Books I read in March and April.

Sorry this post is so late, I think I have discovered book reviews are not my favourite thing to write! Really didn’t get many books read in March and April , though I did enjoy the five books I did sit down with. Here’s a short recap of my reading material. 😊

Tom’s Midnight Garden ~ Phillipa Pearce (1958). I found a copy of this children’s classic in a charity book sale and thought I would give it a go as I remember owning Phillipa Pearce’s ‘ The Battle Of Bubble & Squeek ‘ as a girl. I’m so glad I did as Midnight Garden is such a magical tale. Tom goes to stay with his very dull aunt and uncle over the summer holidays , so not to catch the measles his brother has so inconveniently caught. They live in a boring old manor house which has been converted into flats, there isn’t even a garden to play in much to Toms disappointment. The only unusual thing in the whole house is as old Grandfather clock in the communal hallway which ominously strikes a 13th time every night. A restless Tom investigates and finds the extra hour takes him back in time to when the manor house was one residence with a huge garden and is home to a lonely little girl called Hattie. Over the summer Tom meets Hattie in the garden most nights, only to find the time shifting as Hattie grows up. A children’s adventure fantasy that adults can enjoy too. ⭐⭐⭐⭐⭐

111 Places In The Lake District That You Shouldn’t Miss ~ Solange Berchemin (2019). Apparently there’s a whole range of 111 Places guides out right now, encouraging you to visit the more quirky and lesser known tourist attractions in various cities and areas. Lakeland is explored thoroughly in this handy guide which includes Postman Pat’s Valley, a nine metre stone that appears to defy gravity, the home to the world’s largest colour pencil, a Giants grave and a Buddhist Temple. Directions, opening times and website info are all included. ⭐⭐⭐⭐⭐

One False Move ~ Harlan Coben ( 1998). Another charity book sale purchase, this was a good detective yarn to get to grips with. Even though it is book 5 in a series, the likeable character of its protagonist sports agent/crime solver ‘ Myron Bolitar’ encourages the reader to hunt out the other novels. Also this book can easily be read as a stand alone story. ⭐⭐⭐⭐

The Lewis Man ~ Peter May ( 2014). The second in a crime trilogy set in the Outer Hebrides, Lewis Man revolves round an unidentified corpse found in a Lewis peat bog. Detective Fin MacLeod now residing on the island feels duty-bound to solve the mystery but as he digs deeper, long buried secrets threaten to endanger the people he loves. ⭐⭐⭐

The Lido ~ Libby Page ( 2018). I enjoyed this feel good tale about the importance of community and friendship. Two women from very different decades become friends through their enthusiasm to save their local Lido which is under threat of closure. Rosemary is 86 and all her happiest memories are wrapped up there whilst Kate is 26 and struggling with loneliness in a new city. A heart warming book. ⭐⭐⭐⭐

Have you read any good books recently?

14 thoughts on “Books I read in March and April.”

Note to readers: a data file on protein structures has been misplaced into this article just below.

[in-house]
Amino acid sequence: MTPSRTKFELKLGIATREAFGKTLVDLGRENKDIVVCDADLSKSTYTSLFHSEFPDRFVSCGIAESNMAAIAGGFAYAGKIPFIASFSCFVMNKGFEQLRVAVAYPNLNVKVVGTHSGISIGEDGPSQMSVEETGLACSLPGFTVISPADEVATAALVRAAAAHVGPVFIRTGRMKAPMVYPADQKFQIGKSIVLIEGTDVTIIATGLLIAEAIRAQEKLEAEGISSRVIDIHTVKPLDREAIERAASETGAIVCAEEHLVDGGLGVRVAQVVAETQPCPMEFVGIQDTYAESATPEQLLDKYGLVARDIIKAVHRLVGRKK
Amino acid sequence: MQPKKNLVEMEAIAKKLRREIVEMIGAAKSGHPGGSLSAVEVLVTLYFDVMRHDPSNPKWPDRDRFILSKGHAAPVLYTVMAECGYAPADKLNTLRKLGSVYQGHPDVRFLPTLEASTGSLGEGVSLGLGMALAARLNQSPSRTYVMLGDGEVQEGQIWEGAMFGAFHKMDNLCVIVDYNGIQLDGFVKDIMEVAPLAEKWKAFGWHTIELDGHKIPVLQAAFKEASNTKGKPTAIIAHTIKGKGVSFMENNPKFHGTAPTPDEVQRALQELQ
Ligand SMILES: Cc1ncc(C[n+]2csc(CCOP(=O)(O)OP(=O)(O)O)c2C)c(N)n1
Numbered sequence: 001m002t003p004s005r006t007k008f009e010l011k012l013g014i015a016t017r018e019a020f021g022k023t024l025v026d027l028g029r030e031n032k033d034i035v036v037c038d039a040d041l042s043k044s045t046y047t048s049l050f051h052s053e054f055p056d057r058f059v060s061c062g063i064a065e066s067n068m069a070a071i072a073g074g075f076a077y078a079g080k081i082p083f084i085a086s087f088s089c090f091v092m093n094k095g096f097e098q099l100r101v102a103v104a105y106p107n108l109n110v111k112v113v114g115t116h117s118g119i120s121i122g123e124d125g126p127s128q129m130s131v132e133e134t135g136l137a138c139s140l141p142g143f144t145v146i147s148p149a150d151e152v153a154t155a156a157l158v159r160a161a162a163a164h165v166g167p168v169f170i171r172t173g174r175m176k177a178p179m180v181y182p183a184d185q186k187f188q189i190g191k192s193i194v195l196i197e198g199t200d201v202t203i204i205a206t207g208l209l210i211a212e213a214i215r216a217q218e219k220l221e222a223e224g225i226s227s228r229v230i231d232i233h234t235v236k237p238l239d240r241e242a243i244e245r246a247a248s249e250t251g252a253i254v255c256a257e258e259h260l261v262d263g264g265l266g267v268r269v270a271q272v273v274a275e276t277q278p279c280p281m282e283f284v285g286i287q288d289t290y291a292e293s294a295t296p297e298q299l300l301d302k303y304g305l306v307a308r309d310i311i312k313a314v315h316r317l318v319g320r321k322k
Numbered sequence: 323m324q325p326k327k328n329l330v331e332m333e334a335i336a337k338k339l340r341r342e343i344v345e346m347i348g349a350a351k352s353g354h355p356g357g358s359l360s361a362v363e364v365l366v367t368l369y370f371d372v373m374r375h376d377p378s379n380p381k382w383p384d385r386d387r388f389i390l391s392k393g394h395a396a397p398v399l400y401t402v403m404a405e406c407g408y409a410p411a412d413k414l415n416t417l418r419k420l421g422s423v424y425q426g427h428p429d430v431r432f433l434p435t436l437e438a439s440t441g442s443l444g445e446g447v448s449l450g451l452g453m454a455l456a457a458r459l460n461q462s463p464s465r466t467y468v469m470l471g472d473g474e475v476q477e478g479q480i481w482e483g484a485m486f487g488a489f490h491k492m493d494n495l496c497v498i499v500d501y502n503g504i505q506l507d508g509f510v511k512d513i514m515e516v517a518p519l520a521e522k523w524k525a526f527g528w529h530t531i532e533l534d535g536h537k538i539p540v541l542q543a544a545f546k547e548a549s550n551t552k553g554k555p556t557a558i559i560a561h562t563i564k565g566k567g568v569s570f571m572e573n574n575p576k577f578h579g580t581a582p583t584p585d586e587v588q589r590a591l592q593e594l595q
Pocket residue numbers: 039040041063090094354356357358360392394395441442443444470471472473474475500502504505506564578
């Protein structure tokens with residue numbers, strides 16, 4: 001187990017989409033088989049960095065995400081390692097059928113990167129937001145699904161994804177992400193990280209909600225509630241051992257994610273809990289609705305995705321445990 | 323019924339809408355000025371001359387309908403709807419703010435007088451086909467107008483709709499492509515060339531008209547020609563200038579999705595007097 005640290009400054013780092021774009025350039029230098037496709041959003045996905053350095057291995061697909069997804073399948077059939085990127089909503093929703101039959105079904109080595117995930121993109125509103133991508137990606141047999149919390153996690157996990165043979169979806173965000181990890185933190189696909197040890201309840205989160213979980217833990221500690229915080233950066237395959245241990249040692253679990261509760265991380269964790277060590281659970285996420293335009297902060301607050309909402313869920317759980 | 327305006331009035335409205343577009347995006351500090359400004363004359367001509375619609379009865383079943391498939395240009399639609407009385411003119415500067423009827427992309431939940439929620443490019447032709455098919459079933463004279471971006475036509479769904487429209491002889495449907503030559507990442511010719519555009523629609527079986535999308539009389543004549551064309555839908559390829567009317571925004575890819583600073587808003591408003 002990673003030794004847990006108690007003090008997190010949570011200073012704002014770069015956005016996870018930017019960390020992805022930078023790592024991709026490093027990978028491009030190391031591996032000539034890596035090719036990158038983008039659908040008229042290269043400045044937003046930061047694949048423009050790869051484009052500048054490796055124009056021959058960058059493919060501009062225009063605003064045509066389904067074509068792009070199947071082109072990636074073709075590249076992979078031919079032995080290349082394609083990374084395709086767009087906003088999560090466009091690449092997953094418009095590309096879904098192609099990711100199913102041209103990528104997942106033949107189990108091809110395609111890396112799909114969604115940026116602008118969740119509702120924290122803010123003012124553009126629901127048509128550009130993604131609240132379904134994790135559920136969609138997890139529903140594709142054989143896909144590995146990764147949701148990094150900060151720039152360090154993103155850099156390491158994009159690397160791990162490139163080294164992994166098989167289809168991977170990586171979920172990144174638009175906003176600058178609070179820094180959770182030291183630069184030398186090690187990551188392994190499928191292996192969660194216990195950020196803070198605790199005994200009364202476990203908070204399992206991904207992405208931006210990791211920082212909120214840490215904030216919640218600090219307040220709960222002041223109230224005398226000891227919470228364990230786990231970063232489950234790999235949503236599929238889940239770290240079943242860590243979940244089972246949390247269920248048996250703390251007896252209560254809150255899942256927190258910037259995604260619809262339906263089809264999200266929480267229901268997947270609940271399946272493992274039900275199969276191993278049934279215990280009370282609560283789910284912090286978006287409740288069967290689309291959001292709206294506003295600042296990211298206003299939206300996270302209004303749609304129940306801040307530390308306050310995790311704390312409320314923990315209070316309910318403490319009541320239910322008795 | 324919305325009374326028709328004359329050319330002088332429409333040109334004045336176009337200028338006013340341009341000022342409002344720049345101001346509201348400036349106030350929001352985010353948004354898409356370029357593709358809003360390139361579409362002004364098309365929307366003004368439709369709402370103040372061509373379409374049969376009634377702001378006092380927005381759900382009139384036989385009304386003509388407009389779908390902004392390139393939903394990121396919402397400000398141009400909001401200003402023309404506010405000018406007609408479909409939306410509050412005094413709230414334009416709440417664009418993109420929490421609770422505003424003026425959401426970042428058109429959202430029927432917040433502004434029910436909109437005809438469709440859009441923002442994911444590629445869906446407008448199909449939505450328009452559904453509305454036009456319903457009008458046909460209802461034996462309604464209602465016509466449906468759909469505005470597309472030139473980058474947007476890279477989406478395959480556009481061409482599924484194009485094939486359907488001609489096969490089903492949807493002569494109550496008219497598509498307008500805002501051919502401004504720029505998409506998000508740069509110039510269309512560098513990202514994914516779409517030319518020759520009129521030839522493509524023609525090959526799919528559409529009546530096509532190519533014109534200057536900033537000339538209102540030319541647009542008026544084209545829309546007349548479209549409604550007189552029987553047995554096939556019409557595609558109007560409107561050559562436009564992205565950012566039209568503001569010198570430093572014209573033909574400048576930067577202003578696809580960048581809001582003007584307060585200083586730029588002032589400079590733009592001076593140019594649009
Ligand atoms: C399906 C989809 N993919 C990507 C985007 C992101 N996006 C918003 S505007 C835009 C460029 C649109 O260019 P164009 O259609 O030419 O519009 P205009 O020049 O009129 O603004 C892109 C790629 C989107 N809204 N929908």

1. I like the sound of Tom’s Midnight Garden, and the one about the Lake District is a definite must-have – I enjoyed the area so much at Easter and plan to return there soon so the book will probably be very useful for discovering quirky places 🙂

    1. Yes, you would love the book Eunice. I got it for my Mum for Mother’s Day, my friend for her birthday and my brother in law for his. They all like it. Also Tom’s Midnight Garden is a lovely read. X

  2. I remember watching Tom’s Midnight Garden on TV many years ago with my sons, it was lovely. I keep meaning to look for the Peter May books, thanks for the reminder.
    I write my book posts as I go after I finish each book, or I would forget!

  3. I like the sound of Tom’s Midnight Garden too, never read it or seen the TV version. I’m struggling to fit in my usual amount of reading time still!

  4. I’m so glad you enjoyed Tom’s Midnight Garden! I’ve read it several times and always have tears in my eyes at the end when Tom rediscovers Hattie. I have the 111 Places book about Glasgow, it’s entertaining (though I knew most of the places already).

    1. I remember you saying you loved Tom’s Midnight Garden. The 111 places books are a really good idea I think. You could probably write your own guide book about Glasgow! 😉

  5. I’ve never heard of any of these but the “Lido” one sounds interesting as I now know what a lido is. I read a lot too and one I finished a short while ago is called “The Salt Path” by Winn Raynor. A true story. She and her recently terminally diagnosed husband have just lost their home and decide to walk the coast path between Somerset and Dorset. I just really wanted to buy them a meal as they were quite destitute and camping rough. And one I just finished last night, “The Signature of All Things” by Elizabeth Gilbert. I loved this true story of an 18th century woman, Alma Whittaker, who becomes a botanist extraordinaire, and independently arrives at the same theory of evolution as Darwin, amongst many other achievements. A real page turner and I enjoyed it immensely.

    1. Both those books sound like interesting reads to me. I think I will have a nosy for them both this year. Thanks for the recommendations. 🙂

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